James Blunt may be one of the most successful British male artists of the last 10 years but he doesn’t get the recognition he deserves for it. Often dismissed by music critics, Blunt fortunately has a solid enough fanbase that supports his every move. After the huge success of debut album Back To Bedlam which was released in 2004 and follow-up All The Lost Souls in 2007, Blunt experienced a dip in commercial success with his third album Some Kind of Trouble in 2010. The success of new album Moon Landing is looking more assured though with lead single Bonfire Heart having already charted in the UK Top 10 giving Blunt his best-charting single since 2007 hit 1973.
The majority of Moon Landing was produced by Tom Rothrock, who produced Blunt’s debut album Back to Bedlam. Whilst writing for the record, Blunt worked with Steve Robson, Claude Kelly, Steve Mac and Ryan Tedder to name a few, with Tedder producing and co-writing lead single Bonfire Heart. That track is something a little different for Blunt giving him a more stripped-back and folky sound than we’ve heard before. Obviously it’s a sound that suits him well with radio taking to the track and its impressive chart performance.
Moon Landing opens with the sound of a motorbike whizzing by before a gentle piano melody leads into first track Face The Sun. The low-key start to the record feels intentional with Blunt grabbing your attention with his simplicity and his distinctive quavering vocal. Some critics will have a field day pulling apart the lyrics but we found them genuinely moving as Blunt tells a lover that their relationship is over and they should just move on. Halfway through the track drums and electric guitar kick in transforming the track and giving it an epic sound you simply don’t expect.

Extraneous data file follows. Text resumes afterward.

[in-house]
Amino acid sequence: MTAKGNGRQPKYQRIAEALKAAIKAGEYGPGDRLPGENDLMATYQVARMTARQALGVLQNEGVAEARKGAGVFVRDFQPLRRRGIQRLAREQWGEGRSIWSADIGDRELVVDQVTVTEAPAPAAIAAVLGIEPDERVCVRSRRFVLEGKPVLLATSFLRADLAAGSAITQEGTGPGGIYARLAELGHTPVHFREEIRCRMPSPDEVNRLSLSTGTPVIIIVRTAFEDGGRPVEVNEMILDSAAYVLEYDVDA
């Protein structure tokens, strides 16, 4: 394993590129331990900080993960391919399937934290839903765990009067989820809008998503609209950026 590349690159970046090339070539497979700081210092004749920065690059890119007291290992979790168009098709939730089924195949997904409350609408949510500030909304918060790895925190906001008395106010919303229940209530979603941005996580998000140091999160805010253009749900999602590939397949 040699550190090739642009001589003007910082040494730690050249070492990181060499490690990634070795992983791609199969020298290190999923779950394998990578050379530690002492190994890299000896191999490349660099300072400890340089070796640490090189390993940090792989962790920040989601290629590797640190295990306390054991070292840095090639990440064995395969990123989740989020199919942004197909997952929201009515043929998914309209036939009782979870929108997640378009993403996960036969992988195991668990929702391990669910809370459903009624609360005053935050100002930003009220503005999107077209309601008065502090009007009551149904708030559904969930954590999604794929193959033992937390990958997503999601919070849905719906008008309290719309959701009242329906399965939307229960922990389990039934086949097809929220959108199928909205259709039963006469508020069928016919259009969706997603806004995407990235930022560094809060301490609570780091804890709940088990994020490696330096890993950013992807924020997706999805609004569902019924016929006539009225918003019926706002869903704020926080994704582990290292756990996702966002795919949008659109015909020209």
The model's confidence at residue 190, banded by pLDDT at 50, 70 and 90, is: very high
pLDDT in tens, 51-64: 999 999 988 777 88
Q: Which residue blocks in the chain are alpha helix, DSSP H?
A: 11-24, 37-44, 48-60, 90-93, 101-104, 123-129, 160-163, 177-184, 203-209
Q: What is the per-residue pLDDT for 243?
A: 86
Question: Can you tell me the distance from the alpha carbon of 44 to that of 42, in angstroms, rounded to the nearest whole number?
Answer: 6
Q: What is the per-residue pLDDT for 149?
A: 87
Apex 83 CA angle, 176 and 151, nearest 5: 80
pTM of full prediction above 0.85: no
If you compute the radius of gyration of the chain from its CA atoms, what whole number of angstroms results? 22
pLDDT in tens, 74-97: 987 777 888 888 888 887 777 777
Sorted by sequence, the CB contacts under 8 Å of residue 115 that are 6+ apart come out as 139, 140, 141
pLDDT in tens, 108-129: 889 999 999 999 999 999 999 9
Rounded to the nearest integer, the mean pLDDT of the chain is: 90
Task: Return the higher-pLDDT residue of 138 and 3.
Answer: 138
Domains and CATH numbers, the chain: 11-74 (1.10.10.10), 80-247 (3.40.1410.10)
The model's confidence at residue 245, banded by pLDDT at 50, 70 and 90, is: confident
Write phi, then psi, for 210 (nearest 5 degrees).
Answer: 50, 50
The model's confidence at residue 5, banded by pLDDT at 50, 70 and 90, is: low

Now he’s grabbed our attention, what else has Mr Blunt got up his sleeve? After a few listens through the record it seems quite a lot actually. Whilst the album is undoubtedly a James Blunt record, it sees him exploring his musical vocabulary and experimenting with sounds we’ve not heard from him before. One of the early standouts is Satellites which marries pop sensibilities with singer-songwriter traits for one of the catchiest tracks on the record. Piano ballad Miss America is an emotive moment as Blunt pays tribute to the late great Whitney Houston. Musically the song reminds us a little of Wisemen but lyrically it couldn’t be more different.
On the mid-tempo Always Hate Me Blunt sings, ‘I never meant to hurt you, it’s just something I do, I guess it’s not a good excuse, and she will always hate me, no matter what I say.’ Obviously the song is about a relationship gone south but is it also Blunt commenting on his womanising ways which were well-documented in Peter Hardy’s 2011 book Different Country, Same State: On the Road with James Blunt? The autobiographical lyrics continue on The Only One which finds Blunt appealing to a lover begging for forgiveness. Come on Blunty, don’t be too hard on yourself; we all make mistakes!
One of the strongest songs on the record is the shimmering guitar melody of Bones. The slow building track features confessional lyrics as it builds into an explosive chorus. The track definitely has a commercial edge so don’t be too surprised if it is chosen as a single in the near future. Postcards sees Blunt borrowing a bit of Jack Johnson’s sunshine, and his ukulele, and is a surprising chirpy moment from the often introspective singer.
Moon Landing is an album with many layers and sounds. It’s definitely Blunt’s most musically diverse release to date and he has a renewed confidence that was perhaps not as evident on his last album. We don’t care what anyone says about James Blunt, we think he’s a fantastic talent and he’s one of the few male artists in the UK that pours his heart into his lyrics. Moon Landing is a solid record and one that we’ll be listening to a lot in the coming months. Whilst other critics will no doubt find some way to bash the record, we’re going to be putting it into our Top 10 albums of the year.